In case you hadn’t noticed, the Detroit Tigers offense has had its struggles this season.

Nobody anticipated this. Even with Victor Martinez on the shelf, a team boasting Miguel Cabrera, Yoenis Cespedes, J.D. Martinez and Ian Kinsler should be a run-scoring powerhouse. Right now they are languishing at 10th in the American League in runs per game (4.2).

Things have been particularly bad in recent outings. During the first four days of their current West Coast road trip, the runs have been as dry as a teetotaller’s picnic—six in four games. Some quality pitching has enabled them to eke out a pair of victories in these outings. However, their offensive malaise cannot continue if they hope to keep pace in the crackerjack Central Division.

There is hope on the horizon for the beleaguered Tigers lineup. Uncharacteristically for this franchise, the player in mind is not a veteran on the trading block, but a prospect waiting in the wings.

Steven Moya is the man I refer to. The 6’7″ slugger has been tabbed as a player of the future by the Tigers for some time now. Tigers president/general manager Dave Dombrowski expressed his views on the 23-year-old last October to James Schmehl of MLive: “We love Steven Moya. … He’s a 35-home run, 100-plus hitting-type guy, and he plays solid defense and runs well for a big guy, too.”

Yep, Detroit’s No.1 prospect is the full package.

Dombrowski did not just pluck those numbers out of thin air. Last year with the Double-A Erie Seawolves, Moya set franchise records by uncorking 35 HR, 105 RBI and 286 total bases.

A September call-up for the first time last year, Moya had a chance of cracking the Tiger’s 25-man roster out of camp. But a poor spring (.125/.125/.250) had him heading back to the minors. Then, to rub salt into his wounds, he began the season late after sustaining a foot injury in early April.

Flip the calendar forward nearly two months, and things have changed significantly. After taking several weeks to find his groove, Moya is now raking at Triple-A Toledo.

Since May 12, he has hit .317 (19-for-60) and been on base in each of his 14 starts. During this time, Moya has plundered nine extra-base hits, including four home runs. One of these deep flies was also a game-winner against Buffalo on May 16.

Moya turning the corner may have come at just the right time for the Tigers. His hot bat could be the perfect fizz for Detroit’s un-carbonated offense.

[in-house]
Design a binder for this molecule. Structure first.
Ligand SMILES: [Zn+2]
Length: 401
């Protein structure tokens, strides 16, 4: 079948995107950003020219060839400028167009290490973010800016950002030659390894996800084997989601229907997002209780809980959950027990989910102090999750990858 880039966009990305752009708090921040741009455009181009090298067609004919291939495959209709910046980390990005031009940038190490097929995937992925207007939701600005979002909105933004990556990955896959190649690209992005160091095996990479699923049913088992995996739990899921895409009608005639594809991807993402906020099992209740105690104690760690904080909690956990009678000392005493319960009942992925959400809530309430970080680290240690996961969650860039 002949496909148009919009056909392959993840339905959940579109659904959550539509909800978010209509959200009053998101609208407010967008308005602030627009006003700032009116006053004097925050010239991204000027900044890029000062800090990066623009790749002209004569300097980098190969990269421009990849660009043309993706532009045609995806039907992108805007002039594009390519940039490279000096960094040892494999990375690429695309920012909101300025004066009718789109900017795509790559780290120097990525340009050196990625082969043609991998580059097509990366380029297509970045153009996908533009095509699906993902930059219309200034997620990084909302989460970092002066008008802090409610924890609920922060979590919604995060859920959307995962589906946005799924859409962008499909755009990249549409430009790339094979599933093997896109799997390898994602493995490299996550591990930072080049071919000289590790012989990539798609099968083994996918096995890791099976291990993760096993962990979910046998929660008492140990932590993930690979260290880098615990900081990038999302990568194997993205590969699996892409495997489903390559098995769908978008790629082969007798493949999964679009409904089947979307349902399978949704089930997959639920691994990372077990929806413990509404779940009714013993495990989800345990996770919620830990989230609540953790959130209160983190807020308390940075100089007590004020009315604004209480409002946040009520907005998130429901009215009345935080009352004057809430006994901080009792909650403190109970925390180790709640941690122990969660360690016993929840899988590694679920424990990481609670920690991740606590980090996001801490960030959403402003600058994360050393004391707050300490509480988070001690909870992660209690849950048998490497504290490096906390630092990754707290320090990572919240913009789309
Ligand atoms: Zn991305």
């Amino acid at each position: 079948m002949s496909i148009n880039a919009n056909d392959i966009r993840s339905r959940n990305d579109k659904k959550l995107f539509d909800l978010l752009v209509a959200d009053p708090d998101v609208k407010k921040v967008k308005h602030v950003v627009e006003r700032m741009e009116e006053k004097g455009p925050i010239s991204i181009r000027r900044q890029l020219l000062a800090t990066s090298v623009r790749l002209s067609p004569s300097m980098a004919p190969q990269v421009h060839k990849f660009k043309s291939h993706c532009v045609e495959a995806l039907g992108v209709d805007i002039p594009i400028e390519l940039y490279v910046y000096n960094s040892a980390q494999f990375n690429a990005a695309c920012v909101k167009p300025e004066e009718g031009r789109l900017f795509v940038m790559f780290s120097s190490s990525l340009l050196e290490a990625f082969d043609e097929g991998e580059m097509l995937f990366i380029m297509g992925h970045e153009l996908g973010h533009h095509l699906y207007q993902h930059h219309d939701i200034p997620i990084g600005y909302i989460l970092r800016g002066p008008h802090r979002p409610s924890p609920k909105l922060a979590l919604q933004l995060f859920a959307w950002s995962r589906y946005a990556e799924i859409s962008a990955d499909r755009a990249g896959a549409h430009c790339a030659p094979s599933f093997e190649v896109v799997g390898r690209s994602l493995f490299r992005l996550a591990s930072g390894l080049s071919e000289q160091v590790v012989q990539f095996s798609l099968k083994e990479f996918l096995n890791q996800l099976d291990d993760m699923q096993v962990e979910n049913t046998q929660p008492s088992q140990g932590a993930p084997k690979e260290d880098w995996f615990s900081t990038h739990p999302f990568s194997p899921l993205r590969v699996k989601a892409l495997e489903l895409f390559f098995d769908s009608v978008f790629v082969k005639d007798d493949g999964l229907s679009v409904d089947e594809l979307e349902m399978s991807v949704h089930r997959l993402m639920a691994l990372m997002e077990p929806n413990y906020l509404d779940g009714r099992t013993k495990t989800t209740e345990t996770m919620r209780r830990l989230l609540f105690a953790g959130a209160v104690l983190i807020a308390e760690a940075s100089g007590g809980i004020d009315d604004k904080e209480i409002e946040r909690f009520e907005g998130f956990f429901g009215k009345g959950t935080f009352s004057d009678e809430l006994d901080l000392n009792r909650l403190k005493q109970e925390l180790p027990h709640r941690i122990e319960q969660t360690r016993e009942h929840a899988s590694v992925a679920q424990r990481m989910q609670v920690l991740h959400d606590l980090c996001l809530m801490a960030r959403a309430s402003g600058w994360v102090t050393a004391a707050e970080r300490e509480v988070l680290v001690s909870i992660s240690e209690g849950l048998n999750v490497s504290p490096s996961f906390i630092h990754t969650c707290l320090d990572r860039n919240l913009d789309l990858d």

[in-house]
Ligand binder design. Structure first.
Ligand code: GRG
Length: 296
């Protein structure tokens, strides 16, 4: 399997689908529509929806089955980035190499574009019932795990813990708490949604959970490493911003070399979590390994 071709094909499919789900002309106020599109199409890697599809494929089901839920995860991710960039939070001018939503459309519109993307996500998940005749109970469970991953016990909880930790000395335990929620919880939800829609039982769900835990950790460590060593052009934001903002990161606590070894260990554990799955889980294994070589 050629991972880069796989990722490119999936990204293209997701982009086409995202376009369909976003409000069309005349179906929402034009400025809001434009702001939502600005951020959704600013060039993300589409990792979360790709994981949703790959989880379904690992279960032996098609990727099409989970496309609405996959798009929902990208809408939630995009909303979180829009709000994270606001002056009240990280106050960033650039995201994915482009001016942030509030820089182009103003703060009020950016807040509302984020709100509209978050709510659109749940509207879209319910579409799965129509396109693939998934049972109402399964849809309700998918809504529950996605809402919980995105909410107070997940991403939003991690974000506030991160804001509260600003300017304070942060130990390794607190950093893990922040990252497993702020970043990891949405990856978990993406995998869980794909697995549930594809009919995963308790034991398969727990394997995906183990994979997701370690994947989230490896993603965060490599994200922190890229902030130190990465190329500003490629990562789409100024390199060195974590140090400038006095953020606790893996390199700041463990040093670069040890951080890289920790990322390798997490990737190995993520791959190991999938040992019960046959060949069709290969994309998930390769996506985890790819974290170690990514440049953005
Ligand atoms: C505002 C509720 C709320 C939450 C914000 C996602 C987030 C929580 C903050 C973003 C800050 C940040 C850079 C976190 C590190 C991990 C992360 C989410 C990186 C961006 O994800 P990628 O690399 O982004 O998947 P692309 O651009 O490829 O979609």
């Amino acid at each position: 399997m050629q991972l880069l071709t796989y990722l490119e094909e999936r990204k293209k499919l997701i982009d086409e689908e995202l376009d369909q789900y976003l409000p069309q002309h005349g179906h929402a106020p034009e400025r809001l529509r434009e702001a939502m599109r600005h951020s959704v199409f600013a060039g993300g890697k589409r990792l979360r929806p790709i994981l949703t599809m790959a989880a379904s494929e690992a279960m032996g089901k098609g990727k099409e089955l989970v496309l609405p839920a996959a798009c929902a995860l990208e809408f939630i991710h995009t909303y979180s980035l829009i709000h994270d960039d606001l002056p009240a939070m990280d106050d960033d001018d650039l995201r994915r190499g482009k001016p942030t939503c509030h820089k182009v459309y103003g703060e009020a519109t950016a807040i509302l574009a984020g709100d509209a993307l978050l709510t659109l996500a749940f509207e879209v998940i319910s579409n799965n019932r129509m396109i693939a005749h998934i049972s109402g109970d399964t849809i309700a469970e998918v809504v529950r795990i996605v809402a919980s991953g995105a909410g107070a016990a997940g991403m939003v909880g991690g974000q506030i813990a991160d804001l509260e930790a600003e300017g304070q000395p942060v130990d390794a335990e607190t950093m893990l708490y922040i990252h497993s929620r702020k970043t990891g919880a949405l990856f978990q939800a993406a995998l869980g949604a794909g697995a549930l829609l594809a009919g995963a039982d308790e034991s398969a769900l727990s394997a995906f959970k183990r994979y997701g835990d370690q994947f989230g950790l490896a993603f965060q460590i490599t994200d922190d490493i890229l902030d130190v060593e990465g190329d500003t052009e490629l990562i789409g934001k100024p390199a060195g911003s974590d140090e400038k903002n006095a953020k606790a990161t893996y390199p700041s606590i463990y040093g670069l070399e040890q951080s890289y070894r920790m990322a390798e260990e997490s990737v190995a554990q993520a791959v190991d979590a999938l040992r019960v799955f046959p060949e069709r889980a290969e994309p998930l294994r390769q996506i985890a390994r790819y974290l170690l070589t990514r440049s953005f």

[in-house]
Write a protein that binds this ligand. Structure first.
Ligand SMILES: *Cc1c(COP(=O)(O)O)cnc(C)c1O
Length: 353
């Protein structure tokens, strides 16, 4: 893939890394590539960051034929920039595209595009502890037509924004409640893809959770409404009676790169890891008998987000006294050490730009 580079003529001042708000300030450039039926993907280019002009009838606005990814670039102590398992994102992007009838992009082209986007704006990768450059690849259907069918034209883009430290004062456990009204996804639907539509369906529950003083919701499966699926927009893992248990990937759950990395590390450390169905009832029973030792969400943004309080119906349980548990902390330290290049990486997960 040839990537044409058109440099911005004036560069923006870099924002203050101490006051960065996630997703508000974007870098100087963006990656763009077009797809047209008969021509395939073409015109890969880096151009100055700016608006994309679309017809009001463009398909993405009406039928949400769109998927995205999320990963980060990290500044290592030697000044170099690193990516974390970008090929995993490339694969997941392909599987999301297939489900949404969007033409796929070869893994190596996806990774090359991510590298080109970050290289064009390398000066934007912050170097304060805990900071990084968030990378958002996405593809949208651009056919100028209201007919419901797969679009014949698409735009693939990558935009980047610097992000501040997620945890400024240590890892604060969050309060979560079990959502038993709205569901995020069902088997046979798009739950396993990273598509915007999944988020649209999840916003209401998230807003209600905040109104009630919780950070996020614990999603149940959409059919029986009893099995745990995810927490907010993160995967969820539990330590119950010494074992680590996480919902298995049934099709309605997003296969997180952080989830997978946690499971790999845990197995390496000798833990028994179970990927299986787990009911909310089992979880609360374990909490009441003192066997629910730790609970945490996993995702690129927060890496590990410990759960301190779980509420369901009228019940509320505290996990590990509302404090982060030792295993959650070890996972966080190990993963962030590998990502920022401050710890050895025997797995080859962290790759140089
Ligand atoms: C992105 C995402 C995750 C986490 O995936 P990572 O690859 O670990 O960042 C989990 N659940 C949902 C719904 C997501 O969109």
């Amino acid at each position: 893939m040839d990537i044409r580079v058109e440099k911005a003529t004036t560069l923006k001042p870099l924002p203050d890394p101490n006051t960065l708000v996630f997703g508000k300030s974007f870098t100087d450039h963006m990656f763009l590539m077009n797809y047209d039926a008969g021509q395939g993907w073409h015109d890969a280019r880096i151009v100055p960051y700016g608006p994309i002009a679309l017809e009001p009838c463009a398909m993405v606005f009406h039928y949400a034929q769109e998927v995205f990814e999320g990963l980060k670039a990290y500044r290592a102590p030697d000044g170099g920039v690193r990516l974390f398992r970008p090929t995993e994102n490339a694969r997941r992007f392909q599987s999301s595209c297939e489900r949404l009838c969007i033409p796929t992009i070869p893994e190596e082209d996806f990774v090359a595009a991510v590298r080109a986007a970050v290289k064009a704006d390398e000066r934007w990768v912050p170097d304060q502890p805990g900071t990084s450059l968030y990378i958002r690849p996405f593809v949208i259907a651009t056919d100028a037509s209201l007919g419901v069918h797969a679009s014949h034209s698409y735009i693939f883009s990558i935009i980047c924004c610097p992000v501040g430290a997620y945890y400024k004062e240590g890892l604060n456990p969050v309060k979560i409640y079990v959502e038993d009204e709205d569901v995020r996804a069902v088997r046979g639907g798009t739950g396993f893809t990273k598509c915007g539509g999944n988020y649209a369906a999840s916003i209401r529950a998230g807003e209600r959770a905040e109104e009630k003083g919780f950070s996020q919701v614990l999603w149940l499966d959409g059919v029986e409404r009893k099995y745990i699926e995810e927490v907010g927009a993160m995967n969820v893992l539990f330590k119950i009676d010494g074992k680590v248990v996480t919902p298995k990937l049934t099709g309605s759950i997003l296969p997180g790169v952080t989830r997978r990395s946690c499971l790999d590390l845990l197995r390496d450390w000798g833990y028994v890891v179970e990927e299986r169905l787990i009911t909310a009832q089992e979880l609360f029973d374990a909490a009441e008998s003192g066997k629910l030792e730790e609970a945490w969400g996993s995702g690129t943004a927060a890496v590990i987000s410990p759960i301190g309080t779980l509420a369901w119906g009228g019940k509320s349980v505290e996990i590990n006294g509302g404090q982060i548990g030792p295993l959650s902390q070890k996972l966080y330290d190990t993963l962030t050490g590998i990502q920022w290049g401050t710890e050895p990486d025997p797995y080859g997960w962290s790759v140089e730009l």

Also beneficial is the fact that Moya bats from the left side. This would provide a nice complement to Detroit’s lineup, which is even more righty-dominant than normal with the absences of Martinez and Alex Avila. Center fielder Anthony Gose is currently the only everyday left-handed hitter on the Detroit team.

If promoted, Moya could slot in at No. 6 between J.D. Martinez and Nick Castellanos. This would not place too much burden on the youngster as he wets his feet in the big leagues.

Despite the documented upsides, Moya will come up with his warts. Last year he struck out 161 times at Double-A (31 percent) and has fanned another 50 times (31 percent) already in 2015.

The pitching will only get tougher in the majors, and Moya has shown no sign of lowering his strike out numbers. If given the chance now, his air-swing habits are unlikely to change in the short-to-medium term.

However, his immense talent and power may offset this issue. Many players are still productive and capable of helping their team win despite striking out a lot. Evan Gattis and George Springer of the Houston Astros are two cases in point.

Speaking last year to Lynn Henning of the Detroit News, Tigers manager Brad Ausmus recognised Moya’s flaws but also saw a silver lining:

It’s not uncommon for power hitters to swing and miss. But with experience, you hope his pitch-recognition goes up. I don’t think he’ll ever be Victor Martinez when putting the bat on the ball, but no one is. If he can make contact at the big-league level he’s going to hit some homers.

And the Tigers could certainly do with a few of those at the moment. What have they got to lose?

It could hardly get much worse on the offensive side than it is right now. If Moya fails, he can be sent back down for more seasoning and Detroit would go back to square one.

Whether it’s now or later, it’s just a matter of time before he does the business in Motown. Dombrowski seems ultra-confident of that: “If Moya‘s not a premium prospect, I don’t know who is. … I don’t know what damage he’ll end up doing this year, but I mean, this guy has unbelievable power,” he said to Anthony Fenech of Detroit Free Press.

We could be about to find out how much damage he can do. With the phone only an arm length away, Dombrowski’s hand may be just about to twitch.


Stats in this article are courtesy of

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